Jim Wang of Microblogger.com offers some valuable tips on how B2B marketers can improve lead optimization with limited resources.
What is top-of-mind for B2B marketers right now? According to a 2013 survey from The B2B Technology/Marketing Community on LinkedIn, 61% of responders said the biggest challenge they face is generating leads. And not just any old lead, but quality leads that actually convert.
For the B2B marketers who feel held to time-consuming and expensive campaigns, there's good news: the same study also found that the most effective lead generation tactic used by marketers is the company website, and another survey from MarketingSherpa found that marketers are increasing their spend yearly, with most of the focus on website optimization.
Despite the additional spend, lack of resources in staffing, budgeting, and time makes it difficult for marketers to efficiently optimize business' web pages. Luckily, there are some simple and inexpensive tactics you can apply to your business website conversion efforts.
Jim Wang from Microblogger.com recently spoke at FinCon '14, where he offered up some very solid and tactile advice on how to test and improve lead conversions from your company website. In his presentation, "Conversion Optimizaion: How to Make the Most of What You Have", Wang gave real-life examples of his own tests and actionable takeaways any marketer can apply to their own efforts.
Here are 4 simple tips to optimizing your website for lead conversion:
Determine your buyer personas.
On this 0% credit card balance transfer page, Jim identifies three personas that visit the page: The Arbitrager, The Debtor, and The Planner.
The Arbitrager looks for 0% offers so they can invest the cash, collect the interest, and pay off the card once the deal is over. The Debtor is looking for quick money to bridge the gap until they get on more solid financial ground, and The Planner researches the best credit card offers and uses the card to make a major purchase.
The original page was already realizing an impressive 10% conversion rate, but when Jim identified his personas and made changes to the page, he saw increased his conversions to a whopping 35%.
Using what he knew about his buyer personas, Jim focused on simple changes: adding emotional appeal in the copy and putting more emphasis on the benefits. Notice how he also simplified the text under the featured product box and also created a sense of urgency in the yellow highlighted text box.
This is an excellent example of how buyer personas are powerful and useful tools that help marketers identify buyers' needs and pain points so they can make effective and targeted changes.
Takeaway: Test and change the messaging on your company's web pages based off pre-determined buyer personas. Content Marketing Institute has some excellent advice on how to create buyer personas specifically for B2B solutions, including important questions to ask actual customers, salespeople, and customer service representatives that will help you identify what the buyer is trying to achieve.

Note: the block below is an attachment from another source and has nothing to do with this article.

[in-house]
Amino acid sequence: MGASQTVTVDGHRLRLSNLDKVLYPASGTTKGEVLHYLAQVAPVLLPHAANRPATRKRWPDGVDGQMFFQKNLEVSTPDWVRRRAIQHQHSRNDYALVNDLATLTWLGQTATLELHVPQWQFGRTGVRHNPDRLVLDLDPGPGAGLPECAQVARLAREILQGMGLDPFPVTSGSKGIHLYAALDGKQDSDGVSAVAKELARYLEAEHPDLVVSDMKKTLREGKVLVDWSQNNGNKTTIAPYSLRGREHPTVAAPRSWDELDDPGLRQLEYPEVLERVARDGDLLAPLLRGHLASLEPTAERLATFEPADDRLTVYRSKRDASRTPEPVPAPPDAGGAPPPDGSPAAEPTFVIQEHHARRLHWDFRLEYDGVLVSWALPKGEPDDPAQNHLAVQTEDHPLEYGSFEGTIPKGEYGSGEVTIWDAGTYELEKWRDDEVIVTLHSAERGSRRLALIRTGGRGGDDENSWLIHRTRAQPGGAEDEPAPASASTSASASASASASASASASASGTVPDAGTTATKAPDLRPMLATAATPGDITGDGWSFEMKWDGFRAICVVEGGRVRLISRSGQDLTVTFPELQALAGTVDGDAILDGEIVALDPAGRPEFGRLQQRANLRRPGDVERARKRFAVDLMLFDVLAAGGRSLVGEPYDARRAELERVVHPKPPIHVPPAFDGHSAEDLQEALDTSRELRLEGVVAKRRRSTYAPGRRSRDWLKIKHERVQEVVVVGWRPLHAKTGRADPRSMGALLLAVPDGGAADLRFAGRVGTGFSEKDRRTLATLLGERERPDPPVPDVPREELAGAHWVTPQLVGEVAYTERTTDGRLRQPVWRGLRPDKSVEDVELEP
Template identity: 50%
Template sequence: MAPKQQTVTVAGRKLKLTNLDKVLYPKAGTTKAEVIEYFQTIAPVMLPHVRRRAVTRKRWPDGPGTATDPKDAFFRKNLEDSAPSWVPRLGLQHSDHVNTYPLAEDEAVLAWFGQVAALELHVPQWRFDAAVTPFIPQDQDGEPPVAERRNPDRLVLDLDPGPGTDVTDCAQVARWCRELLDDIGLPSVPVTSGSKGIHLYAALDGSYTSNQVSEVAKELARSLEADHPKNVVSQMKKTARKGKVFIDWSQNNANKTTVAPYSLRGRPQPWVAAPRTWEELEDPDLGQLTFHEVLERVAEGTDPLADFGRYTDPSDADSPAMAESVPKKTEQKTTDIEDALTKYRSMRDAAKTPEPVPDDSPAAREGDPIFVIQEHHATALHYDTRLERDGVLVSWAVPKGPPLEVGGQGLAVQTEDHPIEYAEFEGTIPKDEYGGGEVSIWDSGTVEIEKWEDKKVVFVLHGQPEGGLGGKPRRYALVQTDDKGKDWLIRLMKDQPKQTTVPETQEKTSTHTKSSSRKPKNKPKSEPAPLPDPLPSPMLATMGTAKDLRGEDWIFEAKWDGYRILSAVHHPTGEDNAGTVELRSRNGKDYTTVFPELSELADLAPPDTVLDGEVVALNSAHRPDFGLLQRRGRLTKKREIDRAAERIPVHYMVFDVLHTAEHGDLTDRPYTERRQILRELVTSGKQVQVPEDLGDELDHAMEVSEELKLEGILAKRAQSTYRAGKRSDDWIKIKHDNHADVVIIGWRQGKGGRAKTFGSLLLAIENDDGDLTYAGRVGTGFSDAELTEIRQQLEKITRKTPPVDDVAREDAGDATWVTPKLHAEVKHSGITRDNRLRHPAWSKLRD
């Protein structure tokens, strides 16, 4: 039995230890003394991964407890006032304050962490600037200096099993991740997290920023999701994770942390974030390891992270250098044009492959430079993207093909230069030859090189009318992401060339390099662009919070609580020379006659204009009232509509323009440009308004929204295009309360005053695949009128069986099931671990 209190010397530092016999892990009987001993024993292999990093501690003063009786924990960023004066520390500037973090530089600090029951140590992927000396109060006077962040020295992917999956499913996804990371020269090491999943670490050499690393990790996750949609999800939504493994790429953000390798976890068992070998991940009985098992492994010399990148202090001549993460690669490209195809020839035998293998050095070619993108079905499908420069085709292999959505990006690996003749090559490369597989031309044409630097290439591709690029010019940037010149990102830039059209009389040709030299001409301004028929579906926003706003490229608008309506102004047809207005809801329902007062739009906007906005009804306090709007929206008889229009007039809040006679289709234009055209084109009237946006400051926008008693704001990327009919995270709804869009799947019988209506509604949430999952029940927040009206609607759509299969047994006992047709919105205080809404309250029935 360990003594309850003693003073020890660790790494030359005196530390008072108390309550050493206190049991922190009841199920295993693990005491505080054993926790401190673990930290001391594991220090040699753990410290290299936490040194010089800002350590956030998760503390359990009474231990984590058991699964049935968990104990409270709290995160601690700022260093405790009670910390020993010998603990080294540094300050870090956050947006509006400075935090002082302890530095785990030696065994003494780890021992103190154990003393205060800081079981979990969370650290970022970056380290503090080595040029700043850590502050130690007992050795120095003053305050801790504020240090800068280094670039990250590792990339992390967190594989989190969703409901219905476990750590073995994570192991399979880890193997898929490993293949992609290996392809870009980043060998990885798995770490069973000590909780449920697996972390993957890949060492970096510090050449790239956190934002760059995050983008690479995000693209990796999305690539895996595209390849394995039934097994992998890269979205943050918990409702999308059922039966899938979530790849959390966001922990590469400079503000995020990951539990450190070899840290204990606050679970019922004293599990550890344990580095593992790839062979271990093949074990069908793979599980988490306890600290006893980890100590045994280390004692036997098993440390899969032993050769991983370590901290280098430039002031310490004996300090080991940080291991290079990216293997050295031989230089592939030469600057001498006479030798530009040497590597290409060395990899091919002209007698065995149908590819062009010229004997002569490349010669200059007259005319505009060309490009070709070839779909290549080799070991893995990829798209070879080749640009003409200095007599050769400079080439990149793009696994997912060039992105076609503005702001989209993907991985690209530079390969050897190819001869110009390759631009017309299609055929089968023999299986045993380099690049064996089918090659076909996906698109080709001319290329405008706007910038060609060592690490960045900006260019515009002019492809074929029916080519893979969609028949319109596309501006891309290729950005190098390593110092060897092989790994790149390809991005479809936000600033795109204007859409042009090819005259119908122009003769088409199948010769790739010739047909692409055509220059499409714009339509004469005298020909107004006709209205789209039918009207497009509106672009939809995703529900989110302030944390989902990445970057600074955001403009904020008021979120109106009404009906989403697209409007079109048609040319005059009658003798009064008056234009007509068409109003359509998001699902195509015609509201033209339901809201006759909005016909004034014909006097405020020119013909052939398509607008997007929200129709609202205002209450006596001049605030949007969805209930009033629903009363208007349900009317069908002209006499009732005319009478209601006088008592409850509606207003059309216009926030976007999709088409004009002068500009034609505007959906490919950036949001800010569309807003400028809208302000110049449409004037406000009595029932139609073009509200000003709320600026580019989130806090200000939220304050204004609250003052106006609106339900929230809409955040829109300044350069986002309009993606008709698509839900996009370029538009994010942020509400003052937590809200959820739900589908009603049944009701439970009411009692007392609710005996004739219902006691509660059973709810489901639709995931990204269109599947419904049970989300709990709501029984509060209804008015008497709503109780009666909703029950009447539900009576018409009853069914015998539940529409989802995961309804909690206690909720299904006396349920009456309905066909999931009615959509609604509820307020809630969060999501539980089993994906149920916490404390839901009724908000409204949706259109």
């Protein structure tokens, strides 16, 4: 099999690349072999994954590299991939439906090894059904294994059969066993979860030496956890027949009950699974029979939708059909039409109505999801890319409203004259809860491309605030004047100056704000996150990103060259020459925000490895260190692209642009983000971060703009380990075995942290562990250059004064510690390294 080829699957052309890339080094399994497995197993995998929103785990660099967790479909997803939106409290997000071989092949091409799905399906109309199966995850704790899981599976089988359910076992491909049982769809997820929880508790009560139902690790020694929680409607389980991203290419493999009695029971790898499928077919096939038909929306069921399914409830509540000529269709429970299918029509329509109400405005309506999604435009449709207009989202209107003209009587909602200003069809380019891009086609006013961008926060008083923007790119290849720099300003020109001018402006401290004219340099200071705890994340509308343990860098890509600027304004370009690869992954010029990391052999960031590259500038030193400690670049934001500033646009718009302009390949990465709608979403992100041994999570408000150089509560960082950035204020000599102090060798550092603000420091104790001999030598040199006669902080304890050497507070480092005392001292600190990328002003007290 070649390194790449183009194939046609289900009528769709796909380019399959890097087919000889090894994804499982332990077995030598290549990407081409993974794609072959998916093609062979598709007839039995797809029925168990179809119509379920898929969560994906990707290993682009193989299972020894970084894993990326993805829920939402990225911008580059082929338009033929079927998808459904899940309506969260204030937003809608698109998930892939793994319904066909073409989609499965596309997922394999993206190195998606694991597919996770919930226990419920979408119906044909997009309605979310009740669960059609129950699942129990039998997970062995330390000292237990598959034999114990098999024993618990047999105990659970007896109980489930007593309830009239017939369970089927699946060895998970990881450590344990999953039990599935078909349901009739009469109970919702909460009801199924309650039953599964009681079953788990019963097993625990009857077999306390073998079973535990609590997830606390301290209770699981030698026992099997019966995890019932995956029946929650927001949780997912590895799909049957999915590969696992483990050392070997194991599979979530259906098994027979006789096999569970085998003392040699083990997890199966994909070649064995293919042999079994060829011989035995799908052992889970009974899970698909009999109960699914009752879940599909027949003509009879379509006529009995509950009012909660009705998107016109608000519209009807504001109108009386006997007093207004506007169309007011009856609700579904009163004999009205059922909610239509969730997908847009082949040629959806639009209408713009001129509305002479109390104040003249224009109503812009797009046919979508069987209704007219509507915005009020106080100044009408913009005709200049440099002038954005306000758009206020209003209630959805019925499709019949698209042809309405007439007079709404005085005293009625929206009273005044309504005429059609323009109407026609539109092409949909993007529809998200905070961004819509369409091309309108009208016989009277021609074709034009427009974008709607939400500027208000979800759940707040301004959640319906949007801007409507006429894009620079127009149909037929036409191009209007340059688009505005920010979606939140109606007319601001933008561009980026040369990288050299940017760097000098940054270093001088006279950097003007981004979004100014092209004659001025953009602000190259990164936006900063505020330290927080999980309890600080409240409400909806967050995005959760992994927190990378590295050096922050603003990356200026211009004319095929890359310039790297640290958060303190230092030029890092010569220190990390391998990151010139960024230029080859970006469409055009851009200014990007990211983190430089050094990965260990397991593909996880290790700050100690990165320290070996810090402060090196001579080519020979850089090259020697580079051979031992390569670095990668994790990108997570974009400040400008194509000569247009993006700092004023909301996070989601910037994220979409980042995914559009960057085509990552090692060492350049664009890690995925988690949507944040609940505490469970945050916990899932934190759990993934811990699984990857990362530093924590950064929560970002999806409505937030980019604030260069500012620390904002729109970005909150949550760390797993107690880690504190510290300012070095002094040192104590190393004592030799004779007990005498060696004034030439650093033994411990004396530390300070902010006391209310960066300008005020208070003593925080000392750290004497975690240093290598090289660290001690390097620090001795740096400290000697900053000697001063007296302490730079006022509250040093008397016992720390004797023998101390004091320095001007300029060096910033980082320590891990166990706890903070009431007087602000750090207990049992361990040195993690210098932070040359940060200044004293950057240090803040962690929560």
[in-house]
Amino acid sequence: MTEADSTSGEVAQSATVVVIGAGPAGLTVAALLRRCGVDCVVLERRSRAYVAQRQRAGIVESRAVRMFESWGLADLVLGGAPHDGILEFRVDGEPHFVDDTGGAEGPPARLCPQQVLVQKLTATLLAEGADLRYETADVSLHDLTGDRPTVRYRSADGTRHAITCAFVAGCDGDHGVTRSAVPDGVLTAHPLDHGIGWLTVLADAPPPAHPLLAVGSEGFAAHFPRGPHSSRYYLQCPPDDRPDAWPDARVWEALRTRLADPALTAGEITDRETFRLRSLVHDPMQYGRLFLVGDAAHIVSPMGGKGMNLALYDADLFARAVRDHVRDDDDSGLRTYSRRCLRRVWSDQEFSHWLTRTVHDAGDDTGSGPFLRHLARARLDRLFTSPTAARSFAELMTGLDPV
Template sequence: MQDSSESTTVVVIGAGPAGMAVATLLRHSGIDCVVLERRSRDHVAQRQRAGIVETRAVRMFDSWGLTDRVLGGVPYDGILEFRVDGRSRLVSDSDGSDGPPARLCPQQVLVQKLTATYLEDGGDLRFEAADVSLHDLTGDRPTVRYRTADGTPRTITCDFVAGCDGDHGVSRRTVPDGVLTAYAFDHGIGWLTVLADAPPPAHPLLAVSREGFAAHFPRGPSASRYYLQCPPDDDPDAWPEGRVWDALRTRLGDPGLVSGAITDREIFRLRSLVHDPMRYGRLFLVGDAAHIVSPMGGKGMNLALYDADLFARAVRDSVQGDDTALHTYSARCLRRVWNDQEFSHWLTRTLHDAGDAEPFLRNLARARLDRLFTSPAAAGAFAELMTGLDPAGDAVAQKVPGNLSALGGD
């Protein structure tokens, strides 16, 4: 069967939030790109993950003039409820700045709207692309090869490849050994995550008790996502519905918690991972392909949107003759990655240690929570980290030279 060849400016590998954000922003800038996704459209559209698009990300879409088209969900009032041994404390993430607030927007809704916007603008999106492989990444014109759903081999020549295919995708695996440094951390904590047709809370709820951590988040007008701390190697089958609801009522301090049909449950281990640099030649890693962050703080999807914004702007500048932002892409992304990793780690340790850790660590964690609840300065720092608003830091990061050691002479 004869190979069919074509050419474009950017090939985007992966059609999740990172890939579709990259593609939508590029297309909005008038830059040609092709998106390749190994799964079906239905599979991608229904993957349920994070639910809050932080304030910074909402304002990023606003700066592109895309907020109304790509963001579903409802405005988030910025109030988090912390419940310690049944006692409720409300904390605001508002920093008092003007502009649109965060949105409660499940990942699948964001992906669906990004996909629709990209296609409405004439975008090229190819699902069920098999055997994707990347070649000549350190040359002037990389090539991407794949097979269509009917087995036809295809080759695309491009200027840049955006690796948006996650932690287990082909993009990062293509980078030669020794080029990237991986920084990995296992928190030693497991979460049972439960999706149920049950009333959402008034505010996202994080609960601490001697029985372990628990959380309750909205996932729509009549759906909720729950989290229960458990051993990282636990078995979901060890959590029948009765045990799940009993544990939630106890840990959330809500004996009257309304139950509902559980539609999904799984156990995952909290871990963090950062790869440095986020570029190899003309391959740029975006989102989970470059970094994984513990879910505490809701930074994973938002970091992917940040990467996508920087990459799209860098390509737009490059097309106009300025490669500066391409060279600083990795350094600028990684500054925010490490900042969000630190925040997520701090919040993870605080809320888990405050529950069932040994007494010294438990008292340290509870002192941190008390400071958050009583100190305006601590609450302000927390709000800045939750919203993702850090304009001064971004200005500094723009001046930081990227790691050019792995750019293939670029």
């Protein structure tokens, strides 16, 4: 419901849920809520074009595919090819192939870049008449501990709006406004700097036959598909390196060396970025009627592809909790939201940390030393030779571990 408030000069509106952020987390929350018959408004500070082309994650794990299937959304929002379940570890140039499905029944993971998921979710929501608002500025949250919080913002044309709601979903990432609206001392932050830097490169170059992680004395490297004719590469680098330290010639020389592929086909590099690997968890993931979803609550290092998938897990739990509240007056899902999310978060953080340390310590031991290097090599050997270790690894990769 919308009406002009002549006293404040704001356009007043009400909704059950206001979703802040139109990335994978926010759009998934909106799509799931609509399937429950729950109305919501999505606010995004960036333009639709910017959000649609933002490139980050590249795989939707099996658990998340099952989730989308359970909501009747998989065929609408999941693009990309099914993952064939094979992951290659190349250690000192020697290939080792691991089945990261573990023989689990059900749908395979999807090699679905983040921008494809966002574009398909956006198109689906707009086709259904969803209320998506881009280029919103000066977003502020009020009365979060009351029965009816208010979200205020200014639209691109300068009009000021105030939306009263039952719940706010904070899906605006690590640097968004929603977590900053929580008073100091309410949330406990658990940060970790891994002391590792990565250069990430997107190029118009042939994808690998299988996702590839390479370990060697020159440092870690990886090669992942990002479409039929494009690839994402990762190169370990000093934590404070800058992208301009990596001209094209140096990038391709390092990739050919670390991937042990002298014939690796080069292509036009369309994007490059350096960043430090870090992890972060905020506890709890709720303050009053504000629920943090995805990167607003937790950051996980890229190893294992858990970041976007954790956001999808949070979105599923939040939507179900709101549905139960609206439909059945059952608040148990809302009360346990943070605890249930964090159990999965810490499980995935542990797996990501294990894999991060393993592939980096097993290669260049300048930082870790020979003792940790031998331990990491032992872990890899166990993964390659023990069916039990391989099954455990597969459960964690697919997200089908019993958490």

Use non-committal CTAs.
Wang also offered some very practical advice regarding CTA copy: "Make it non-committal. 'Get now' is better than 'subscribe now'. By "getting something now", rather than "subscribing", the reader doesn't have to make a commitment or a decision.
Here is an example of a test Wang ran for a meal planning site:
Wang tested three variations: no text, "get access to your meal plan instantly", and "100% risk-free, cancel anytime, no questions asked". The winner clearly communicates a non-committal message and reassures the reader that they are in control.
Takeaway: Allow your readers to make their own decisions by trying something first. Non-committal CTAs are a digital version of the old "Get it now, pay later" financing model. If you are looking for a range of call-to-action verbs, SmartLab Software has a long list of CTA verbs that don't include "Click here". How refreshing!
Capture Lost Clicks
In this example, Wang used Crazy Egg to discover that visitors were consistently trying to click on the coupon code on the product page.
Here's what the page looks like:
Now look at the activity map:
Light yellow indicates a high number of clicks, compared to the CTA buttons and text boxes that show in green and red, which indicate fewer clicks. Wang used this behavioral data to add a link to the coupon code, which took buyers to the exact same page the other CTAs and text boxes were pointing them to.
Takeaway: Follow users' natural behavior instead of trying to get them to follow a path that feels forced or unnatural. The CTA button or hyperlinked text you provide isn't always the obvious choice for the visitor. Use Crazy Egg or other heat map software to understand where people are trying to click on your company webpage.
Get weird with it.
Wang is a fan of trying weird and random ideas. For example, he had an idea to use a shaking CTA button on one of his sites, Scotch Addict. There were several CTA buttons to choose, from one that gently floated across the page, to one that shook violently like an earthquake. He ended up testing a CTA that had a gentle back-and-forth movement.
Check out the surprising results:
Of the idea, Wang says, "I had been tweaking this site for years and I thought there was no way this would work, but I decided to just try it."
Takeaway: No matter what you think you know, or how long you've been in the game, testing is a critical part to improving your lead generation optimization efforts.
In an industry full of challenges, conflicting information, fluctuating markets, and limited budgets, sometimes it's good to go back to the basics and just use what you have to make it work.
What are some of the simple tactics you use to make the most of what you have?